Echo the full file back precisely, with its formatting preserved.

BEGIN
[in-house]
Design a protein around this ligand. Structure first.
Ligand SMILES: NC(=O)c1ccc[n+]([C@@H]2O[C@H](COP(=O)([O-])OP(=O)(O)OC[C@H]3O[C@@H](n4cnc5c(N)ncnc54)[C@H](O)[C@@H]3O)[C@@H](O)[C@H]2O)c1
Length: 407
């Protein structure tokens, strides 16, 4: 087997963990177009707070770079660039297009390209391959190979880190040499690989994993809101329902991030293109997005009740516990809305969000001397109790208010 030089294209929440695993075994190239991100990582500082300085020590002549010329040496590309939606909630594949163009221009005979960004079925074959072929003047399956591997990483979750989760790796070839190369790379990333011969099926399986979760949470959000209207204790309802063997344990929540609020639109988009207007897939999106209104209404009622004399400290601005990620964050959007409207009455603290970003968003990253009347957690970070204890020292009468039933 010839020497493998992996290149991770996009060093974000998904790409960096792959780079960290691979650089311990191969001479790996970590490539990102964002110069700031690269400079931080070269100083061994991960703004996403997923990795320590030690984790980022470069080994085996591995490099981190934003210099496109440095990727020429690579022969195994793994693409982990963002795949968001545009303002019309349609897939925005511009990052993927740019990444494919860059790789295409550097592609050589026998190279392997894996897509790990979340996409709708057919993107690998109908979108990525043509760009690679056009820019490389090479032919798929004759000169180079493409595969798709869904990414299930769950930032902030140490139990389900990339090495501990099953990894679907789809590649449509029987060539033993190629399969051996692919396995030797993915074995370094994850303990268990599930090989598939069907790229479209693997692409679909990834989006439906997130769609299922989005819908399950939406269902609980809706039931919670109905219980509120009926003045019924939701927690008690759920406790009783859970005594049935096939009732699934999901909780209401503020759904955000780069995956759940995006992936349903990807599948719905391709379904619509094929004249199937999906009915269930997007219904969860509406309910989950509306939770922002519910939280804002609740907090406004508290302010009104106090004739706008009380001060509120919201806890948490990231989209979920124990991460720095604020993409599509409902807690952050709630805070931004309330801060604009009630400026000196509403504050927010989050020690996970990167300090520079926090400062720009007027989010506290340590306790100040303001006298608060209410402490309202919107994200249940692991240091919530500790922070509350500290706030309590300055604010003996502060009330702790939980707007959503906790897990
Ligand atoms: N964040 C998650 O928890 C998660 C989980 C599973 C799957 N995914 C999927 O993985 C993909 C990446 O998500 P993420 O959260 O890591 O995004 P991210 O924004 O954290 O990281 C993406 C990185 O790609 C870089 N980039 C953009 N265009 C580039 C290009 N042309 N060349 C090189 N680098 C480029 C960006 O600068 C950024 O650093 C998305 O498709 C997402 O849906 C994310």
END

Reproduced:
[in-house]
Design a protein around this ligand. Structure first.
Ligand SMILES: NC(=O)c1ccc[n+]([C@@H]2O[C@H](COP(=O)([O-])OP(=O)(O)OC[C@H]3O[C@@H](n4cnc5c(N)ncnc54)[C@H](O)[C@@H]3O)[C@@H](O)[C@H]2O)c1
Length: 407
């Protein structure tokens, strides 16, 4: 087997963990177009707070770079660039297009390209391959190979880190040499690989994993809101329902991030293109997005009740516990809305969000001397109790208010 030089294209929440695993075994190239991100990582500082300085020590002549010329040496590309939606909630594949163009221009005979960004079925074959072929003047399956591997990483979750989760790796070839190369790379990333011969099926399986979760949470959000209207204790309802063997344990929540609020639109988009207007897939999106209104209404009622004399400290601005990620964050959007409207009455603290970003968003990253009347957690970070204890020292009468039933 010839020497493998992996290149991770996009060093974000998904790409960096792959780079960290691979650089311990191969001479790996970590490539990102964002110069700031690269400079931080070269100083061994991960703004996403997923990795320590030690984790980022470069080994085996591995490099981190934003210099496109440095990727020429690579022969195994793994693409982990963002795949968001545009303002019309349609897939925005511009990052993927740019990444494919860059790789295409550097592609050589026998190279392997894996897509790990979340996409709708057919993107690998109908979108990525043509760009690679056009820019490389090479032919798929004759000169180079493409595969798709869904990414299930769950930032902030140490139990389900990339090495501990099953990894679907789809590649449509029987060539033993190629399969051996692919396995030797993915074995370094994850303990268990599930090989598939069907790229479209693997692409679909990834989006439906997130769609299922989005819908399950939406269902609980809706039931919670109905219980509120009926003045019924939701927690008690759920406790009783859970005594049935096939009732699934999901909780209401503020759904955000780069995956759940995006992936349903990807599948719905391709379904619509094929004249199937999906009915269930997007219904969860509406309910989950509306939770922002519910939280804002609740907090406004508290302010009104106090004739706008009380001060509120919201806890948490990231989209979920124990991460720095604020993409599509409902807690952050709630805070931004309330801060604009009630400026000196509403504050927010989050020690996970990167300090520079926090400062720009007027989010506290340590306790100040303001006298608060209410402490309202919107994200249940692991240091919530500790922070509350500290706030309590300055604010003996502060009330702790939980707007959503906790897990
Ligand atoms: N964040 C998650 O928890 C998660 C989980 C599973 C799957 N995914 C999927 O993985 C993909 C990446 O998500 P993420 O959260 O890591 O995004 P991210 O924004 O954290 O990281 C993406 C990185 O790609 C870089 N980039 C953009 N265009 C580039 C290009 N042309 N060349 C090189 N680098 C480029 C960006 O600068 C950024 O650093 C998305 O498709 C997402 O849906 C994310």